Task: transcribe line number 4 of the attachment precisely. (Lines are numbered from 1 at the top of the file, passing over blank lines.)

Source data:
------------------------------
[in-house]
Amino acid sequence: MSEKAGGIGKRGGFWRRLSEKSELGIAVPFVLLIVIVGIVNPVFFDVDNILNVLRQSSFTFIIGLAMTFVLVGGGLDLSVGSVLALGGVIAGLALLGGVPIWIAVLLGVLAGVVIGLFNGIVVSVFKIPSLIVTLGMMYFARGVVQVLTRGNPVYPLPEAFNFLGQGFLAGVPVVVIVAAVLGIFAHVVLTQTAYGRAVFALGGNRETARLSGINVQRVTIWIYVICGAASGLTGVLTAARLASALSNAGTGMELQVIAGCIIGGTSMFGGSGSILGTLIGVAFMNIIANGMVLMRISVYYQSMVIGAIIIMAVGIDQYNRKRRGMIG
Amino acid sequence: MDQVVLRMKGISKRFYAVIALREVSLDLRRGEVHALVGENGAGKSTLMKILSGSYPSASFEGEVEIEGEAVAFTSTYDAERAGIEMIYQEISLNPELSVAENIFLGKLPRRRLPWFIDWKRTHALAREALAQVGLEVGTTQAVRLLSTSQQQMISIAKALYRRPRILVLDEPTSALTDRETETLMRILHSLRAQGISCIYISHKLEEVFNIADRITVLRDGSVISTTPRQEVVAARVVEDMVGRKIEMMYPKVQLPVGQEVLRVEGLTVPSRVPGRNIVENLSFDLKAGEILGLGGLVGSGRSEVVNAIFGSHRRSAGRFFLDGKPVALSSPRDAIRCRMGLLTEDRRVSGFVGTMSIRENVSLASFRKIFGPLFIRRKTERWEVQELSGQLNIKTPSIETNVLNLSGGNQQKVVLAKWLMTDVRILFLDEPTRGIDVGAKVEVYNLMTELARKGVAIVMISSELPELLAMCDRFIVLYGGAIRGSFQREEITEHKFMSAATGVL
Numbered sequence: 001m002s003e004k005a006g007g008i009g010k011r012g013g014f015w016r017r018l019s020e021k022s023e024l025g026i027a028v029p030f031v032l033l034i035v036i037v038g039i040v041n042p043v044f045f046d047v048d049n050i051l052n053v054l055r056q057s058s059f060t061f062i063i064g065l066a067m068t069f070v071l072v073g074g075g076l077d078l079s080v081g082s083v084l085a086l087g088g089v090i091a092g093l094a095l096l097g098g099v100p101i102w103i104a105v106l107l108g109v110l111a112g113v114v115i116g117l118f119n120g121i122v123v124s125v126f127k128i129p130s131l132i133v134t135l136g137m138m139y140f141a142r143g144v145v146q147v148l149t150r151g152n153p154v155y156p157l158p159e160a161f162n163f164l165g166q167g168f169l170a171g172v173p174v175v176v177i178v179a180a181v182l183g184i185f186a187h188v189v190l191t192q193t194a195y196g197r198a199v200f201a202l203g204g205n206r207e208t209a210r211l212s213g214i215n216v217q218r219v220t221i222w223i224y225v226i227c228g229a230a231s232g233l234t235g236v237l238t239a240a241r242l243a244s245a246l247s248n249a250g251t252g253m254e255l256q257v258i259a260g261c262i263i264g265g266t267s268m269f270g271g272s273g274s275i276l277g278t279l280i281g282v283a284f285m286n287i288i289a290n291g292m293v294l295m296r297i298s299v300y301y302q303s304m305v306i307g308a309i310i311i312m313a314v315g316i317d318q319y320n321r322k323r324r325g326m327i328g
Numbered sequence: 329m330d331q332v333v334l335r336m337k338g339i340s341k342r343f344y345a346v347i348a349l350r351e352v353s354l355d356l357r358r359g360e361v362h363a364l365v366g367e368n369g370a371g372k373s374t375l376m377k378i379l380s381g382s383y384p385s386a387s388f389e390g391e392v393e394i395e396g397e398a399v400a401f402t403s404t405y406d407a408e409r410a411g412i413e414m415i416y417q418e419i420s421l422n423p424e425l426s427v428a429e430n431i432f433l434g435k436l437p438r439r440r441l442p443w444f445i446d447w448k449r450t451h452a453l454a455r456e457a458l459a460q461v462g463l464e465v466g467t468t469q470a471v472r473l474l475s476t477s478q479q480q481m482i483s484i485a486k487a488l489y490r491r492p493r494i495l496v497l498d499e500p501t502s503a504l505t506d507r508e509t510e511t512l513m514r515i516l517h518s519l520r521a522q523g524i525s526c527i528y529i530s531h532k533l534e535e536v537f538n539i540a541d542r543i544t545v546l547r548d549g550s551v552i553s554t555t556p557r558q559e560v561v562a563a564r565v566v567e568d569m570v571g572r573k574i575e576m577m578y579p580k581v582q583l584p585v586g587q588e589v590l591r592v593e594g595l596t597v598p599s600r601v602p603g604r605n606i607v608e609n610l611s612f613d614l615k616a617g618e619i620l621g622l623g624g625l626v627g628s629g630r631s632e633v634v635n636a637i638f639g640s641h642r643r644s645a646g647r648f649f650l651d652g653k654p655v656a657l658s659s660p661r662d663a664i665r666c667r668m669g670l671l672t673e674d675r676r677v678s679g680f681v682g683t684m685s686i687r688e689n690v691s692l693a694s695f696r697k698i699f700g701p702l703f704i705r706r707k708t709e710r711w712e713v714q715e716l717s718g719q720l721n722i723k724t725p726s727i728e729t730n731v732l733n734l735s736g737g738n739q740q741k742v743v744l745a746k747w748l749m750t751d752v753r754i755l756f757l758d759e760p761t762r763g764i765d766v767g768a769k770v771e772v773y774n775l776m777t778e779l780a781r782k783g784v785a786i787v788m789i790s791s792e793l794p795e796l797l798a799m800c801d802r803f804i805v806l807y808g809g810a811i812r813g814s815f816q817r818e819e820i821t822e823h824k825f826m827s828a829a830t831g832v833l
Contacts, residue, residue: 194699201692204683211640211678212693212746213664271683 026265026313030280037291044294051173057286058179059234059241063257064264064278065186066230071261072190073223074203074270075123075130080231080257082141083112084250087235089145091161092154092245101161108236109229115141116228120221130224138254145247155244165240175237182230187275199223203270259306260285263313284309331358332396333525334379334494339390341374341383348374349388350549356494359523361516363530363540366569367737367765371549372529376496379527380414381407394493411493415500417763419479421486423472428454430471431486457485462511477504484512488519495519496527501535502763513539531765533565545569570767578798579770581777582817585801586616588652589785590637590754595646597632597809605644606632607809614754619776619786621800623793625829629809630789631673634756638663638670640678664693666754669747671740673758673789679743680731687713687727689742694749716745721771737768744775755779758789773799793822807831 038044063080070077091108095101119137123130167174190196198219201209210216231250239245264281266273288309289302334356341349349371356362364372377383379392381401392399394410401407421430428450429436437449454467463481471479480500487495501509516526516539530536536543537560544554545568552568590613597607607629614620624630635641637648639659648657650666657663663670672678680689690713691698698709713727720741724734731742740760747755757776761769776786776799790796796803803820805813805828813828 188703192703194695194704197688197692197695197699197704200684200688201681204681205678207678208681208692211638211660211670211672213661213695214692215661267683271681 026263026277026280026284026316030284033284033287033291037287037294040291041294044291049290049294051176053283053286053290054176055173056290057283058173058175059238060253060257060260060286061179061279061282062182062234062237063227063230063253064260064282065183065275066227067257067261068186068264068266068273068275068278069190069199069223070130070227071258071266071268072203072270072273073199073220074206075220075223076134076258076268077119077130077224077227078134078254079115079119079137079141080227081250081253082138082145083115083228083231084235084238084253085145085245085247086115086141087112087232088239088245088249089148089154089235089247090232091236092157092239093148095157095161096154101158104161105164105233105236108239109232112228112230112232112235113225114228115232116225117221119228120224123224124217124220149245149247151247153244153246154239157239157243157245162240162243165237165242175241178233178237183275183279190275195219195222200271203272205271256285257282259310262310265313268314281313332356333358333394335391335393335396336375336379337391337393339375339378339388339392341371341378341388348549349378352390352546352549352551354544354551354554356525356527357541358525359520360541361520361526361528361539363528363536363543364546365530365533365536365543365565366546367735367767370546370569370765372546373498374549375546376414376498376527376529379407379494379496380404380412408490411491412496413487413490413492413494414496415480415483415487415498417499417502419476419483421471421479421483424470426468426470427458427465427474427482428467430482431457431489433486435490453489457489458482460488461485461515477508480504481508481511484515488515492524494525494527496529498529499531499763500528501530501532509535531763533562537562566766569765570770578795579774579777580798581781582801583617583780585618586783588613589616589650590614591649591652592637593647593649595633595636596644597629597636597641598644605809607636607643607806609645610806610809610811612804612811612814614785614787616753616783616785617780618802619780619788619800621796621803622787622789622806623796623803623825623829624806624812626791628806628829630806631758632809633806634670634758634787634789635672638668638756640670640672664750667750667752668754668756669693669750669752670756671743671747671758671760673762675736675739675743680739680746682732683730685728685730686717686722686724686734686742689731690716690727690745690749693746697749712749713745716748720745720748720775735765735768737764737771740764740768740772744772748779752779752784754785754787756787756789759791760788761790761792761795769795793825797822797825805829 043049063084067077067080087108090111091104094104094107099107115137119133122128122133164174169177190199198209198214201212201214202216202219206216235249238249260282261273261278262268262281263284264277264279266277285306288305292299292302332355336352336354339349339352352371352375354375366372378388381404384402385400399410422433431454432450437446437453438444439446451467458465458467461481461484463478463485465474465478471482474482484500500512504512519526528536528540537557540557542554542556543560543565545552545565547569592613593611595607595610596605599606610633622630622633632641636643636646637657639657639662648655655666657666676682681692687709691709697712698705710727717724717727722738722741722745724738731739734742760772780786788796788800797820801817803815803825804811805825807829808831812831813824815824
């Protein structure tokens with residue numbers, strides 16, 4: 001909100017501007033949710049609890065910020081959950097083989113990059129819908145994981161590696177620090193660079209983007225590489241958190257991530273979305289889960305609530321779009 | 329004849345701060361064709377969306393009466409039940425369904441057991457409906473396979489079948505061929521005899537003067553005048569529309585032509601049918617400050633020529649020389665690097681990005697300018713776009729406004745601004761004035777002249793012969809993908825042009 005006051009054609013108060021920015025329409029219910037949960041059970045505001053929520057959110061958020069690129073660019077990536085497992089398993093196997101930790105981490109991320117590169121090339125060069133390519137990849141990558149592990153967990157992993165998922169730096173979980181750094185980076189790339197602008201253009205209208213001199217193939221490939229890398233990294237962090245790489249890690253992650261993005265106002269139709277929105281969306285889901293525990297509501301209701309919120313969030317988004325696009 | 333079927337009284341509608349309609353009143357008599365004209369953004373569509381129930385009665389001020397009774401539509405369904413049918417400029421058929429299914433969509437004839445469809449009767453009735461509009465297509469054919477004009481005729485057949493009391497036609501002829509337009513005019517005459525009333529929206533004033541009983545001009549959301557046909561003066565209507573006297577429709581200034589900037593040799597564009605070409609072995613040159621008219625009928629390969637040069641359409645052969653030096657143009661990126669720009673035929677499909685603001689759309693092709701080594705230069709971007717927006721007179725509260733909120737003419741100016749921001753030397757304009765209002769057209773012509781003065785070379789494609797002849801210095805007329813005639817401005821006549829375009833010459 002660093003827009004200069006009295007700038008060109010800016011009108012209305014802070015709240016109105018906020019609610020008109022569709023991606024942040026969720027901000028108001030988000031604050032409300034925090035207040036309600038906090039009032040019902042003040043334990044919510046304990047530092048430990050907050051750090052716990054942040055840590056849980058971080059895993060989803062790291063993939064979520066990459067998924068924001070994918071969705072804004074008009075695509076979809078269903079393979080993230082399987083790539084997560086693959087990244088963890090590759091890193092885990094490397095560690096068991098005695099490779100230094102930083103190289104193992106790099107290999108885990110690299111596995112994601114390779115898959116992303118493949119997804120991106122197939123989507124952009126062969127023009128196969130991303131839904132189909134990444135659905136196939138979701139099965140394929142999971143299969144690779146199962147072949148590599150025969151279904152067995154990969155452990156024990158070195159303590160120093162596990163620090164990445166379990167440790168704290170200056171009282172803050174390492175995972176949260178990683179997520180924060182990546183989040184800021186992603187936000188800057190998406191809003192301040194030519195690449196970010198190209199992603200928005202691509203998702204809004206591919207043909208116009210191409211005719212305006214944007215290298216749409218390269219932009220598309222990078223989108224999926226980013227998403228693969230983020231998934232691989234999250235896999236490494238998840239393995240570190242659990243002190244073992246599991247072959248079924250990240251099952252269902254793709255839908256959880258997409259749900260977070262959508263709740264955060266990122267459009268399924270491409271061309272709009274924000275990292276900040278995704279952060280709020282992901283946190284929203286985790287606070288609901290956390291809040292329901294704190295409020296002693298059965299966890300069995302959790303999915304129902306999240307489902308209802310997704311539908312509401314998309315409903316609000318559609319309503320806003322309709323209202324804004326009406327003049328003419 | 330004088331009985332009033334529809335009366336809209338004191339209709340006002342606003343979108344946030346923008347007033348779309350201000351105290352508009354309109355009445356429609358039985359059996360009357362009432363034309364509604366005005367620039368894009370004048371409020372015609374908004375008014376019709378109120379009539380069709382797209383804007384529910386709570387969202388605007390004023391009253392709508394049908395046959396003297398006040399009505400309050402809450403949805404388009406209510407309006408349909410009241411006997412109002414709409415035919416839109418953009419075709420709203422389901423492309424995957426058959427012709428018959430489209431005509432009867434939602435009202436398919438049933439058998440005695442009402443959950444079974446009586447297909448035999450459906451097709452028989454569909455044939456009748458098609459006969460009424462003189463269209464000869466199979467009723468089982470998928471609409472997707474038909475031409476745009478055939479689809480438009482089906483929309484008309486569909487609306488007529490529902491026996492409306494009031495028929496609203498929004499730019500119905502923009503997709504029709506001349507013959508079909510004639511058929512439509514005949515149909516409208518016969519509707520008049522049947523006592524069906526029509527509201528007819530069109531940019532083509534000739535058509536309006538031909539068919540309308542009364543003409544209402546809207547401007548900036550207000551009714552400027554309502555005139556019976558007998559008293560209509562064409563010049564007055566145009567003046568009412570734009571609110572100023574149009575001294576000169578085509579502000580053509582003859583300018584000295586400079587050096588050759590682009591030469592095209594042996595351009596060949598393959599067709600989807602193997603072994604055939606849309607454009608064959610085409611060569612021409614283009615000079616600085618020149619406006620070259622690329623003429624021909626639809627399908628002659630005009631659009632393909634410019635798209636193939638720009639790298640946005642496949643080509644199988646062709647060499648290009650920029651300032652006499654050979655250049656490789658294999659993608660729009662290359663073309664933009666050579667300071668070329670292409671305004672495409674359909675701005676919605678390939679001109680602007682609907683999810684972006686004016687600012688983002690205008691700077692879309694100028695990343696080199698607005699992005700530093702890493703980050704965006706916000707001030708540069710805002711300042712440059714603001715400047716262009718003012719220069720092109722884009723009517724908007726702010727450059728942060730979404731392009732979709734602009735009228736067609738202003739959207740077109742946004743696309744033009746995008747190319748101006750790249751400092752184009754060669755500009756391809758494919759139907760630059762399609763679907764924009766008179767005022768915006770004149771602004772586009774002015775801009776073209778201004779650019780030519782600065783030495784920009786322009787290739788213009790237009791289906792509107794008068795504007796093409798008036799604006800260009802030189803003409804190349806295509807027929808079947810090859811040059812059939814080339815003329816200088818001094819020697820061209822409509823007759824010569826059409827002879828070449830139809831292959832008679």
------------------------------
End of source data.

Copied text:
Numbered sequence: 001m002s003e004k005a006g007g008i009g010k011r012g013g014f015w016r017r018l019s020e021k022s023e024l025g026i027a028v029p030f031v032l033l034i035v036i037v038g039i040v041n042p043v044f045f046d047v048d049n050i051l052n053v054l055r056q057s058s059f060t061f062i063i064g065l066a067m068t069f070v071l072v073g074g075g076l077d078l079s080v081g082s083v084l085a086l087g088g089v090i091a092g093l094a095l096l097g098g099v100p101i102w103i104a105v106l107l108g109v110l111a112g113v114v115i116g117l118f119n120g121i122v123v124s125v126f127k128i129p130s131l132i133v134t135l136g137m138m139y140f141a142r143g144v145v146q147v148l149t150r151g152n153p154v155y156p157l158p159e160a161f162n163f164l165g166q167g168f169l170a171g172v173p174v175v176v177i178v179a180a181v182l183g184i185f186a187h188v189v190l191t192q193t194a195y196g197r198a199v200f201a202l203g204g205n206r207e208t209a210r211l212s213g214i215n216v217q218r219v220t221i222w223i224y225v226i227c228g229a230a231s232g233l234t235g236v237l238t239a240a241r242l243a244s245a246l247s248n249a250g251t252g253m254e255l256q257v258i259a260g261c262i263i264g265g266t267s268m269f270g271g272s273g274s275i276l277g278t279l280i281g282v283a284f285m286n287i288i289a290n291g292m293v294l295m296r297i298s299v300y301y302q303s304m305v306i307g308a309i310i311i312m313a314v315g316i317d318q319y320n321r322k323r324r325g326m327i328g